Mountain Lions on the Move through Illinois, Not Here to Stay

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Mountain lions have been on the move this fall with two confirmed sightings of animals in northern and central Illinois. Large predators occasionally pass through Illinois but are not here to stay.

The Illinois Department of Natural Resources reported on Oct. 17 that a mountain lion, also known as cougars, had been struck and killed by a vehicle on I-88 in Dekalb County. Another young male mountain lion was tranquilized by the IDNR on Oct. 28 on the western edge of Springfield and relocated to a sanctuary in Indiana. Officials had been tracking its movements through a GPS collar that was attached last fall by researchers in Nebraska.

Mountain lions are protected and it is unlawful to hunt, kill or harass them unless they pose an imminent threat to a person or property, which is rare.

Black bears, wolves, and cougars are rare but not unheard of in Illinois. These large predators were extirpated from Illinois in the late 1800s as natural habitats changed and white-tailed deer were hunted nearly to extinction in the Midwest. The big cats have regularly reappeared over the past few decades, with many sightings coming from the increased public use of trail cameras.

“These animals periodically wander into our state which is exciting, but most of Illinois does not have the habitat to support populations so they will continue to move on,” says Peggy Doty, University of Illinois Extension natural resources, environment, and energy educator.

Doty recently led a program, available at go.illinois.edu/ILlargepredators, about the return of apex predators exploring behaviors, ranges, and identification.

Mountain lions, also known as cougars and pumas, were historically found across North America but are now primarily in the western states. Young male mountain lions wander large distances as they look for a forested territory of their own. Their minimum home range is about 70 square miles. DNA testing of cougars previously found in Illinois showed they were originally from the Black Hills in South Dakota.

“Apex predators are crucial to maintaining the overall health of natural systems,” Doty says. “Illinois now has a large population of white-tailed deer due in part to the lack of predators.” While predators are an important part of the ecosystem and research from the Illinois Natural History Survey shows people in Illinois have a neutral stance on their recolonization, Doty says there are no plans to reintroduce them to the state.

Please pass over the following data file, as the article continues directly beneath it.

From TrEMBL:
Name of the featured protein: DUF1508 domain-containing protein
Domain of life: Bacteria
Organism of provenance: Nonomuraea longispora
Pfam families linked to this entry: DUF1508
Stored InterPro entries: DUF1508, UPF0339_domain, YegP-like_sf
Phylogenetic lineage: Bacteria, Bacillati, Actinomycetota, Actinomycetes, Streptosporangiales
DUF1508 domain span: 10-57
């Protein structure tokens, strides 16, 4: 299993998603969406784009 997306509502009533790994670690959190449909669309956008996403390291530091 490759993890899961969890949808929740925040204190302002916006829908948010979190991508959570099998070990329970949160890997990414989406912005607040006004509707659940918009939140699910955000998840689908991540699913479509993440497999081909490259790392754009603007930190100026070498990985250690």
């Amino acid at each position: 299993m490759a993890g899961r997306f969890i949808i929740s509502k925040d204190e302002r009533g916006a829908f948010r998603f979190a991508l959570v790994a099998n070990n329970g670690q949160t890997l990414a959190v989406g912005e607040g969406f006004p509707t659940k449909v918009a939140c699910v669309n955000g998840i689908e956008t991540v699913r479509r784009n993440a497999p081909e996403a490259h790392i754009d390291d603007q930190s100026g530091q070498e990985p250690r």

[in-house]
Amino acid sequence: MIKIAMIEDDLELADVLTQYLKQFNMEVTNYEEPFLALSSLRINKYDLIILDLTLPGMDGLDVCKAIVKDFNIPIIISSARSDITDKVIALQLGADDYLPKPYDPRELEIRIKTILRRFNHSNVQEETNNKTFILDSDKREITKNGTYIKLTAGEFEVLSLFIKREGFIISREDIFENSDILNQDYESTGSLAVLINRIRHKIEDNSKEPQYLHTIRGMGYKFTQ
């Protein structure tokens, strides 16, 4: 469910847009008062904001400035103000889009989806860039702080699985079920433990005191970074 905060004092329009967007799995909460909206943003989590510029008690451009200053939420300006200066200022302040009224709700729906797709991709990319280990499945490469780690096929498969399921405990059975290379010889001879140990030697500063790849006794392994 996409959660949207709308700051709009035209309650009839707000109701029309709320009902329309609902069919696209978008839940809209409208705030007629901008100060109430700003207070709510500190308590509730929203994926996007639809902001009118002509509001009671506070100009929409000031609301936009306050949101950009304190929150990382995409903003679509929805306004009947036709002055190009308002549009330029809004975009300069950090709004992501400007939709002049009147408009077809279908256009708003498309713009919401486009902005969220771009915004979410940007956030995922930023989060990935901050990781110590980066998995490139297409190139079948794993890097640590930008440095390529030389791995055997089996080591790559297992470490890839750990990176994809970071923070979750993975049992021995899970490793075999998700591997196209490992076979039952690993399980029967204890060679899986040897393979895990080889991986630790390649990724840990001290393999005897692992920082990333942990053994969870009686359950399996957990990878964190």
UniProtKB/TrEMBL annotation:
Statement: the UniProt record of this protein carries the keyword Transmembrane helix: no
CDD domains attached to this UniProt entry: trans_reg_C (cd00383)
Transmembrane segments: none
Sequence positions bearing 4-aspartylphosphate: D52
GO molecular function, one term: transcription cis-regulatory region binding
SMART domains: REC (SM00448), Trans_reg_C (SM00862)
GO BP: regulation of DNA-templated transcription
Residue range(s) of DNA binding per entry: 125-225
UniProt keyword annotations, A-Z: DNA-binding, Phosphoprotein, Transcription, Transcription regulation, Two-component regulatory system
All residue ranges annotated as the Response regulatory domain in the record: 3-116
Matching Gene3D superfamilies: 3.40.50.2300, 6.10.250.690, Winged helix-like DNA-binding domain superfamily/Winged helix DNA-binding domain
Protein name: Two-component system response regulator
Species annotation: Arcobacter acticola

Illinois does not have sufficient habitat to support stable populations of these large predators. Southern Illinois has the most contiguous forest in the state but still could not support many mountain lions, says Joy O’Keefe, University of Illinois Natural Resources and Environmental Sciences Assistant Professor and Extension wildlife specialist. To coexist with large cats and other predators is a matter of tolerating them during the periods when they visit our state. 

“We’ll need to learn how to live with them during the periods when they move through – adopting anti-predator behaviors, such as keeping pets and children indoors or under supervision if near locations where the animals are seen,” O’Keefe says.

The public can report wildlife sightings at www.wildlifeillinois.org/sightings. More information about mountain lions is also available on the Wildlife Illinois website at www.wildlifeillinois.org.

SOURCES: Peggy Doty, Natural Resources, Environment, and Energy Educator; Joy O’Keefe, Natural Resources and Environmental Sciences Assistant Professor, Wildlife Extension Specialist.

***Courtesy of the University of Illinois***

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